Jul 03, 2020
Satires, Epistles and Ars Poetica
Posted by Horace H.R. Fairclough

In the two books of Satires Horace is a moderate social critic and commentator the two books of Epistles are intimate and polished, the second book being literary criticism as is also the Ars Poetica The Epodes in various mostly iambic metres are akin to the discourses as Horace called his satires and epistles but also look towards the famous Odes, iIn the two books of Satires Horace is a moderate social critic and commentator the two books of Epistles are intimate and polished, the second book being literary criticism as is also the Ars Poetica The Epodes in various mostly iambic metres are akin to the discourses as Horace called his satires and epistles but also look towards the famous Odes, in four books, in the old Greek lyric metres used with much skill Some are national odes about public affairs some are pleasant poems of love and wine some are moral letters all have a rare perfection.

  • Title: Satires, Epistles and Ars Poetica
  • Author: Horace H.R. Fairclough
  • ISBN: 9780674992146
  • Page: 425
  • Format: Hardcover
  • Satires Epistles and Ars Poetica In the two books of Satires Horace is a moderate social critic and commentator the two books of Epistles are intimate and polished the second book being literary criticism as is also the Ars Poetica

    Alan

    Forty years ago I read most of the odes I m surprised to find them all shorter and easier than I then thought especially the epodes, some thirty lines The satires and epistles max out around 100 lines Though any poet who lasts a couple millenia is five star, I removed a star simply because Horace is not salacious enough for my Latin taste I prefer Martial cf Byron s the nauseous epigrams of Martial and Catullus and Ovid My favorite Latin poets are the ones Rousseau blames for corrupting Rome, ca [...]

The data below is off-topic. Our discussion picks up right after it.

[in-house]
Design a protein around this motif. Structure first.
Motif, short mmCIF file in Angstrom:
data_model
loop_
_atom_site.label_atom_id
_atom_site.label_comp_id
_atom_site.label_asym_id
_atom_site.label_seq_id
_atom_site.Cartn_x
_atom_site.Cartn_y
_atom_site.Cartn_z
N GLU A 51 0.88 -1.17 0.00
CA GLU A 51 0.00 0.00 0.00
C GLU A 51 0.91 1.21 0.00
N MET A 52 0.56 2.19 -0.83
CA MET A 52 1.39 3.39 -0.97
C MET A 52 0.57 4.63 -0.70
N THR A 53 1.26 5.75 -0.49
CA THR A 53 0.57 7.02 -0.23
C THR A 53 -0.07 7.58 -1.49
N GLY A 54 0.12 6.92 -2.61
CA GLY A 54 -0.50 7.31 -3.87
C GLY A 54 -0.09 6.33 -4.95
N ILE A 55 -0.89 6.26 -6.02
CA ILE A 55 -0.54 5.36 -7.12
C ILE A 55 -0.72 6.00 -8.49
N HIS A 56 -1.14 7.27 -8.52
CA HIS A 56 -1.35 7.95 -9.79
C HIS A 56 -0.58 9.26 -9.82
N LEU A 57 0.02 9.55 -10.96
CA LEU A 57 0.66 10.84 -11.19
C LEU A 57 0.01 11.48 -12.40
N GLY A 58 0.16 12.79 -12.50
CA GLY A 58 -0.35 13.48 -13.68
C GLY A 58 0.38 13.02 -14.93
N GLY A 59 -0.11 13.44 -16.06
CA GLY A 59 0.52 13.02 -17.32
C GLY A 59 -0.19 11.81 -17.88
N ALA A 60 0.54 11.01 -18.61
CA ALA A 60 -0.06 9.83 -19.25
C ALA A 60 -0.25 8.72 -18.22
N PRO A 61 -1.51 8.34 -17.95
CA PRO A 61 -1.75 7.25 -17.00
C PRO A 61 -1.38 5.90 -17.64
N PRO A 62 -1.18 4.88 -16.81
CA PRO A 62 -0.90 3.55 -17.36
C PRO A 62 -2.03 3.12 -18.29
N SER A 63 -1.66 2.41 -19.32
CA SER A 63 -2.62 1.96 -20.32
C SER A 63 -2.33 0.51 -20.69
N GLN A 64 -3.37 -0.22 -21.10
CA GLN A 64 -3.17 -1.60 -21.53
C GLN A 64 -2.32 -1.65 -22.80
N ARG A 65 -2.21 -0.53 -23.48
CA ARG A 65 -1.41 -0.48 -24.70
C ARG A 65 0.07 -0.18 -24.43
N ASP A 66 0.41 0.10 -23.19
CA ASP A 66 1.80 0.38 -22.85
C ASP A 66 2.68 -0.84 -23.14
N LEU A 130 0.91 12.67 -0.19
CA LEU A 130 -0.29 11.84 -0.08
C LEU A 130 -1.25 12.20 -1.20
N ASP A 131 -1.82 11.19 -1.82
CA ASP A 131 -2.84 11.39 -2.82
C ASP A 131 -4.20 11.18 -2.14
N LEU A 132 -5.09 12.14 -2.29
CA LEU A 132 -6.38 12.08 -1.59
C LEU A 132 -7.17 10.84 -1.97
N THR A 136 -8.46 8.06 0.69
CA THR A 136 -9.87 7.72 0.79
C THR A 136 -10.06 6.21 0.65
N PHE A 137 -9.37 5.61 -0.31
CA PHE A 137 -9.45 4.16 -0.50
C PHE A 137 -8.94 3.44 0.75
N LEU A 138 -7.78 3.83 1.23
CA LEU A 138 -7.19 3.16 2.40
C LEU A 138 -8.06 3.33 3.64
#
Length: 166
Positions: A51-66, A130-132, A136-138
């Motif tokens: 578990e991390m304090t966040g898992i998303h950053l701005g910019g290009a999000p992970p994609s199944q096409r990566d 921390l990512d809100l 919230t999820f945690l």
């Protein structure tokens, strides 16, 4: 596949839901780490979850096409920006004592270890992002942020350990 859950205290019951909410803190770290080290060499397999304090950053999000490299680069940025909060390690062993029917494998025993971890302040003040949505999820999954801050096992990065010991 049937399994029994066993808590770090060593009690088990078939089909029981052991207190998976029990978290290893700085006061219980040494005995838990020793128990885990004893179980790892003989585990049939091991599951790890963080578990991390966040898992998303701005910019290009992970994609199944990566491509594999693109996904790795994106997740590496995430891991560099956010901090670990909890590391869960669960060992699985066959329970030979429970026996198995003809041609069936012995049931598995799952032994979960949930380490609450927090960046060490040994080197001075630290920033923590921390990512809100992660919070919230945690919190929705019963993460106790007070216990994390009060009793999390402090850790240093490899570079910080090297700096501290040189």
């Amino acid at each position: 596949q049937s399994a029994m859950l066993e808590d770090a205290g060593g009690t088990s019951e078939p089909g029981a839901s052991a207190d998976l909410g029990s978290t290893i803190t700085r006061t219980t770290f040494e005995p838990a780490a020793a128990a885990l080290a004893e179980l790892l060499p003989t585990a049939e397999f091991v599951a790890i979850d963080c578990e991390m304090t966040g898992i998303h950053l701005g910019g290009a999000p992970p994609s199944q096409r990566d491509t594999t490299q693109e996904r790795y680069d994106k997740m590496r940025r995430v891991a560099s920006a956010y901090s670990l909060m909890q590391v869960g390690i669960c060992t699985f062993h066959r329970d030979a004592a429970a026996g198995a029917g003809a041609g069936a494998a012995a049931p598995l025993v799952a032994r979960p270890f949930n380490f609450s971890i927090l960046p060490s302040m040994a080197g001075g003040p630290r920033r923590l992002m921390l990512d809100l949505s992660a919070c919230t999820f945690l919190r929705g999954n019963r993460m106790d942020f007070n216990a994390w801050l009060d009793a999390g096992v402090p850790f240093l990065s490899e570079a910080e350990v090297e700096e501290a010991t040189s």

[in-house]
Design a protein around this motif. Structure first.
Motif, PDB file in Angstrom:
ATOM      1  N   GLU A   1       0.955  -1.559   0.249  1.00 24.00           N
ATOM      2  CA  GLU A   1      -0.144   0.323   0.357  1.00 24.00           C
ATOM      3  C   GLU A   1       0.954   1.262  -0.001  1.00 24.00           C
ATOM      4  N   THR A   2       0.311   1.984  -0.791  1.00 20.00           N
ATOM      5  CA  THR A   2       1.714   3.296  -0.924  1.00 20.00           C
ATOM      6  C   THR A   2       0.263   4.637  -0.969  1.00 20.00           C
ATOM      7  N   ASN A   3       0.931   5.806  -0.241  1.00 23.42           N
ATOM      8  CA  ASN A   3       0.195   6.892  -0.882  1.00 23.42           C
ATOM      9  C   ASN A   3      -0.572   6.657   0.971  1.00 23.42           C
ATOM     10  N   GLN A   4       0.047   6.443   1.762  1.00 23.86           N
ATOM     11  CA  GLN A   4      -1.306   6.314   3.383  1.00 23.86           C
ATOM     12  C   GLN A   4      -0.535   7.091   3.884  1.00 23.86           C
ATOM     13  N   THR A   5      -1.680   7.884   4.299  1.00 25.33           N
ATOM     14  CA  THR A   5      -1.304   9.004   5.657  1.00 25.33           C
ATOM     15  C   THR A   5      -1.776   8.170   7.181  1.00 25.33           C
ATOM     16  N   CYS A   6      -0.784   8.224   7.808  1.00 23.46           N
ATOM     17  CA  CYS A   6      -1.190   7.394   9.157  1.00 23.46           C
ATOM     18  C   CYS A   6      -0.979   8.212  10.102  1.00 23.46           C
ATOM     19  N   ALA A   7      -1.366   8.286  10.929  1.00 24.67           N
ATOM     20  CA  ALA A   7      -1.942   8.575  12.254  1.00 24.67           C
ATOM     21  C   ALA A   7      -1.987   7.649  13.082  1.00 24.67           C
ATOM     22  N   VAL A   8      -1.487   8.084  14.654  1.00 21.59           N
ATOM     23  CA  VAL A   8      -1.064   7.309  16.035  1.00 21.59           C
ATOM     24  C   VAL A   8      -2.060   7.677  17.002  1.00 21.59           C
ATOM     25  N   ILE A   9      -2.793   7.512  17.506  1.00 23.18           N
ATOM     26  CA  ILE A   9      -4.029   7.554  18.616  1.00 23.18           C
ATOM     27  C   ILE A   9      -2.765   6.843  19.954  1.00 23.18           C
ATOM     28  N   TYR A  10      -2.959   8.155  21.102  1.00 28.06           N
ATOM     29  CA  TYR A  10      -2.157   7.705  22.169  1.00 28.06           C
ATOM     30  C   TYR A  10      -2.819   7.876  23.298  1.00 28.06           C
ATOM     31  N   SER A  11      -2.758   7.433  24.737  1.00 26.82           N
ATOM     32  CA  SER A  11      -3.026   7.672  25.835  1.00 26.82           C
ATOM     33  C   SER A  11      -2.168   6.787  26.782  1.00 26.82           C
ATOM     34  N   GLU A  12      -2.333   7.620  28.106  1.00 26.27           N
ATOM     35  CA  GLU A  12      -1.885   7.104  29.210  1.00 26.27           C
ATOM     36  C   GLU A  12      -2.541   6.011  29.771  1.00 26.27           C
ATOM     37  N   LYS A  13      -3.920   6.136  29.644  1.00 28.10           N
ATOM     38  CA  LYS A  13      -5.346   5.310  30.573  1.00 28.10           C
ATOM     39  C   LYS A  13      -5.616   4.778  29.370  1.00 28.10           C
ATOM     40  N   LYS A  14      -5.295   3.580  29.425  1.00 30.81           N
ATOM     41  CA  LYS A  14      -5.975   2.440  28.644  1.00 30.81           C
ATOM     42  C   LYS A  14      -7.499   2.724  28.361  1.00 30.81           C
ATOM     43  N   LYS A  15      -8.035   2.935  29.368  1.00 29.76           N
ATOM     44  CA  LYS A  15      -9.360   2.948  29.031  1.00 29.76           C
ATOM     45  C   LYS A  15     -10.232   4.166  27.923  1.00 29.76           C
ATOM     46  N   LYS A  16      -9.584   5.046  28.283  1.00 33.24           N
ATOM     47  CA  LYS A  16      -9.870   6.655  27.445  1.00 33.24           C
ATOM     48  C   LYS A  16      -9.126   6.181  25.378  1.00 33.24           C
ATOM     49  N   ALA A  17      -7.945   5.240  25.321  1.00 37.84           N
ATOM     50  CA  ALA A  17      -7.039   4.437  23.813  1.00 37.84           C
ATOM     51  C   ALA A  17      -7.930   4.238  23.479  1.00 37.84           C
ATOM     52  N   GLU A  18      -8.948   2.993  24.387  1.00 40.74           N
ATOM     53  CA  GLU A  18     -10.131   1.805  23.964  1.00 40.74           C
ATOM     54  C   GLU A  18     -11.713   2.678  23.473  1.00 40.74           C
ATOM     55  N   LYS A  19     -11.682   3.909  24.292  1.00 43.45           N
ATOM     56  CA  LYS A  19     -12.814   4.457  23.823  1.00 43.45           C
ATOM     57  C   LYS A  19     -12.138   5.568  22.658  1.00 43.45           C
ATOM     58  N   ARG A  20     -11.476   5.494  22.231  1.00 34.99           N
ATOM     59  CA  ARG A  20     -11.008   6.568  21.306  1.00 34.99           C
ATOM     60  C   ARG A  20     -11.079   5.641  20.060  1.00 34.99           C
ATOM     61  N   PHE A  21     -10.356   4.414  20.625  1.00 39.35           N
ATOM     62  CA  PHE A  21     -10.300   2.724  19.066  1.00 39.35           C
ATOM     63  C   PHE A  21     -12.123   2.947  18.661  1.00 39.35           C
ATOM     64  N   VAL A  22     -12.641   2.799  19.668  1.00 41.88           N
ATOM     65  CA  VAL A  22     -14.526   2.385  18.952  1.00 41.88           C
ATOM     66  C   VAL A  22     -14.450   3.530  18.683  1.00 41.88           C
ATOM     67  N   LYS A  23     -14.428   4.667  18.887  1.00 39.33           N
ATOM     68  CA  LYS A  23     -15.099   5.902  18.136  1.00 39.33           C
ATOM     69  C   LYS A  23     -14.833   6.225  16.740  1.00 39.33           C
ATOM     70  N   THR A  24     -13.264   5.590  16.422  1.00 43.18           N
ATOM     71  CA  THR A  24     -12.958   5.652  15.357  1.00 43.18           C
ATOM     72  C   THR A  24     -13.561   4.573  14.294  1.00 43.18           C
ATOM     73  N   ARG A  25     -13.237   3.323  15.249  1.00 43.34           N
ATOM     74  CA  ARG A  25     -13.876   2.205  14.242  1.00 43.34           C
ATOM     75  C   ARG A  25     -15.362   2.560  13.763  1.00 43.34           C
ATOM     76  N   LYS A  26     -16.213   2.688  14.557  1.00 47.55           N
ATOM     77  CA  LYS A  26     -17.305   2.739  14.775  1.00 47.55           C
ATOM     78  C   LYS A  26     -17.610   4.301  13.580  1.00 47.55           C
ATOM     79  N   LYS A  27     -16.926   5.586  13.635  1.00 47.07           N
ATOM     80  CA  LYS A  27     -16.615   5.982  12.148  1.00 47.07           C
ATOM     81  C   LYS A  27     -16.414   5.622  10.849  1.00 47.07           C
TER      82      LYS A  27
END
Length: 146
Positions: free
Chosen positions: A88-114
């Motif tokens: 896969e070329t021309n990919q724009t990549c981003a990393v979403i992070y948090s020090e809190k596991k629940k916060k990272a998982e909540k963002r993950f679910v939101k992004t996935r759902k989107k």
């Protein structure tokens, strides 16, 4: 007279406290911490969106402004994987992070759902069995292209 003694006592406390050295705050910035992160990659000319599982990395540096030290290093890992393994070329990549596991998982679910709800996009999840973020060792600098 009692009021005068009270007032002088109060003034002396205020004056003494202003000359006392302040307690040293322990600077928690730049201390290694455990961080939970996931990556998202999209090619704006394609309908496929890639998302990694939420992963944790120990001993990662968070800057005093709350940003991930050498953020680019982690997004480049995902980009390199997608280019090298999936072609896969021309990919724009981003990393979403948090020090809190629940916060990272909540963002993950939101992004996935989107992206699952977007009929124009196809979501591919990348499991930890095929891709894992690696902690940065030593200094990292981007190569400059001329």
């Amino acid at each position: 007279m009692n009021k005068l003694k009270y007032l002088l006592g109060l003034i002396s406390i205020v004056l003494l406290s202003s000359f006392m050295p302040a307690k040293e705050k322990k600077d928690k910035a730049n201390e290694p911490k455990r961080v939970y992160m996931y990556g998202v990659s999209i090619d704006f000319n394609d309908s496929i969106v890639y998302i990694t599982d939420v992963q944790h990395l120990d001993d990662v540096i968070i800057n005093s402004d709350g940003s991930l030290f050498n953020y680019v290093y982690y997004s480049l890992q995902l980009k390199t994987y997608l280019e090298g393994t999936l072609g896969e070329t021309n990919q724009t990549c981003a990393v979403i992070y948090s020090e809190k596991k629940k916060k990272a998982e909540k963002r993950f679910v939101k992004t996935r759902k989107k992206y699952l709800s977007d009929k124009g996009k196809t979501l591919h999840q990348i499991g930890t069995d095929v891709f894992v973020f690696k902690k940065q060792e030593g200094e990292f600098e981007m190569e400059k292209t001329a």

Steve P

    If you re looking for Horace s description of his infamous wet dream, go straight to number 5, and when you re done, so to speak, finish off with the rest.


    Sergio Pascual

    Libro de 580 p ginas, pero en realidad son 290 p ginas, puesto que cada hoja viene en lat n y en castellano Nombra a muchos nombres de la antig edad, unos conocidos, otros no tanto Con muchas anotaciones para quien tenga tiempo y paciencia, pueda obtener informaci n adicional sobre los escritos Yo, lamentablemente, no he podido apenas leerlas, puesto que he tenido que devolver el libro a la biblioteca y me quedaban pocos d as para leerlas todas En un futuro lo volver a leer al detalle El libro s [...]


    Birgitta Hoffmann

    Horace has often been described as untranslateable, which is too often true, there are only so many ways you can render a dense weave or allusions, wordplay and metaphors something will give Consequently nearly all translations are adjustments between trying to do Horace justice and the fact that another language will not be able to give you the width that you need to fulfil that aim The Loeb at least has the advantage that you can compare the original with the translation.


    Sebastian

    Don t be a miser Do what you will, but strive to improve Work neither too hard nor too little Don t waste your days in idleness unless it is pleasing to you It s soothing to read Horace His satires are sometimes invective, but most of the time he just wants to tell you how to be a better person for your sake or the world s.


    Sarah

    Struggling to understand how the oldies look at art, I found this little snack of a crumb than tasty morsel Art that is art, poetry that is poetry, music that is music The circular language leaves me dizzy, but I am interested in the confusion that results.


    Jamie

    Horace s take on Phantasia is eye opening his explication of everyday words and metaphors is also very interesting I appreciate the unique way Horace argues for the necessity of both the simple and complex in writing.


    Andrew Price

    Not easy, but worth the effort.


    Ibis3

    Bilingual edition preferred.


    Craig

    More merit flows for the scholars, less for the common folk Still wisdom found and worthy at that Much like going though a storage file of one s lost letter, documents.



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      Posted by:Horace H.R. Fairclough
      Published :2020-04-10T14:06:17+00:00